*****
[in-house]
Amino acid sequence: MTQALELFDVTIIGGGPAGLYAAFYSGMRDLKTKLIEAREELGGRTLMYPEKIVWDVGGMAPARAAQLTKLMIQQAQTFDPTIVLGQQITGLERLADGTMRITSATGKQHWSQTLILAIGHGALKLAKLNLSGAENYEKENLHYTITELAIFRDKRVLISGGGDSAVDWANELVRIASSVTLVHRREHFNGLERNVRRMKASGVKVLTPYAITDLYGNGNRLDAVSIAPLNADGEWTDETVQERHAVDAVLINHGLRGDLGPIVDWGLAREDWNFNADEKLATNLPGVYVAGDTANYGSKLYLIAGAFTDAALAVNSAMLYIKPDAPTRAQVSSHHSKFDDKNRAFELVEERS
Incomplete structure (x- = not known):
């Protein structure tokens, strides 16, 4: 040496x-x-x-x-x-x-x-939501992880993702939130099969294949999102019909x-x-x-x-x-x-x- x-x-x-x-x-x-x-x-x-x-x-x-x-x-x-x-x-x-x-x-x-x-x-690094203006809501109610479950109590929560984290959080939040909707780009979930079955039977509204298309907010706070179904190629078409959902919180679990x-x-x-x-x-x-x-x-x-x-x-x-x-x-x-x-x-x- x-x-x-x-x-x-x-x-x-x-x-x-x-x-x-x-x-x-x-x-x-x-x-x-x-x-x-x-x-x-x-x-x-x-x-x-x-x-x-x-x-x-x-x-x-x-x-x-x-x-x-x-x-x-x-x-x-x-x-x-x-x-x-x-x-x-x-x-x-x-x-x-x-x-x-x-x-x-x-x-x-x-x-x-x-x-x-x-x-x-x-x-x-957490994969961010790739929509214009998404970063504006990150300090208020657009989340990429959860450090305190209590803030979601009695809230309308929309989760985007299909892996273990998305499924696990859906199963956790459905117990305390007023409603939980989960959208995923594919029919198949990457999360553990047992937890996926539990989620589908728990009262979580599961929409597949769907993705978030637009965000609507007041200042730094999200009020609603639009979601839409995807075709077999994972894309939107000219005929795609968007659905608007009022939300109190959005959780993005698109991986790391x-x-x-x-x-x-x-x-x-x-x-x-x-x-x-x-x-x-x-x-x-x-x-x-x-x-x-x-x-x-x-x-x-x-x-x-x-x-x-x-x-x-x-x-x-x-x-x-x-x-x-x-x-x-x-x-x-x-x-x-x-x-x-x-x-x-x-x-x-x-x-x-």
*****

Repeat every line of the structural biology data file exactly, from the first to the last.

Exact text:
[in-house]
Amino acid sequence: MTQALELFDVTIIGGGPAGLYAAFYSGMRDLKTKLIEAREELGGRTLMYPEKIVWDVGGMAPARAAQLTKLMIQQAQTFDPTIVLGQQITGLERLADGTMRITSATGKQHWSQTLILAIGHGALKLAKLNLSGAENYEKENLHYTITELAIFRDKRVLISGGGDSAVDWANELVRIASSVTLVHRREHFNGLERNVRRMKASGVKVLTPYAITDLYGNGNRLDAVSIAPLNADGEWTDETVQERHAVDAVLINHGLRGDLGPIVDWGLAREDWNFNADEKLATNLPGVYVAGDTANYGSKLYLIAGAFTDAALAVNSAMLYIKPDAPTRAQVSSHHSKFDDKNRAFELVEERS
Incomplete structure (x- = not known):
């Protein structure tokens, strides 16, 4: 040496x-x-x-x-x-x-x-939501992880993702939130099969294949999102019909x-x-x-x-x-x-x- x-x-x-x-x-x-x-x-x-x-x-x-x-x-x-x-x-x-x-x-x-x-x-690094203006809501109610479950109590929560984290959080939040909707780009979930079955039977509204298309907010706070179904190629078409959902919180679990x-x-x-x-x-x-x-x-x-x-x-x-x-x-x-x-x-x- x-x-x-x-x-x-x-x-x-x-x-x-x-x-x-x-x-x-x-x-x-x-x-x-x-x-x-x-x-x-x-x-x-x-x-x-x-x-x-x-x-x-x-x-x-x-x-x-x-x-x-x-x-x-x-x-x-x-x-x-x-x-x-x-x-x-x-x-x-x-x-x-x-x-x-x-x-x-x-x-x-x-x-x-x-x-x-x-x-x-x-x-x-957490994969961010790739929509214009998404970063504006990150300090208020657009989340990429959860450090305190209590803030979601009695809230309308929309989760985007299909892996273990998305499924696990859906199963956790459905117990305390007023409603939980989960959208995923594919029919198949990457999360553990047992937890996926539990989620589908728990009262979580599961929409597949769907993705978030637009965000609507007041200042730094999200009020609603639009979601839409995807075709077999994972894309939107000219005929795609968007659905608007009022939300109190959005959780993005698109991986790391x-x-x-x-x-x-x-x-x-x-x-x-x-x-x-x-x-x-x-x-x-x-x-x-x-x-x-x-x-x-x-x-x-x-x-x-x-x-x-x-x-x-x-x-x-x-x-x-x-x-x-x-x-x-x-x-x-x-x-x-x-x-x-x-x-x-x-x-x-x-x-x-």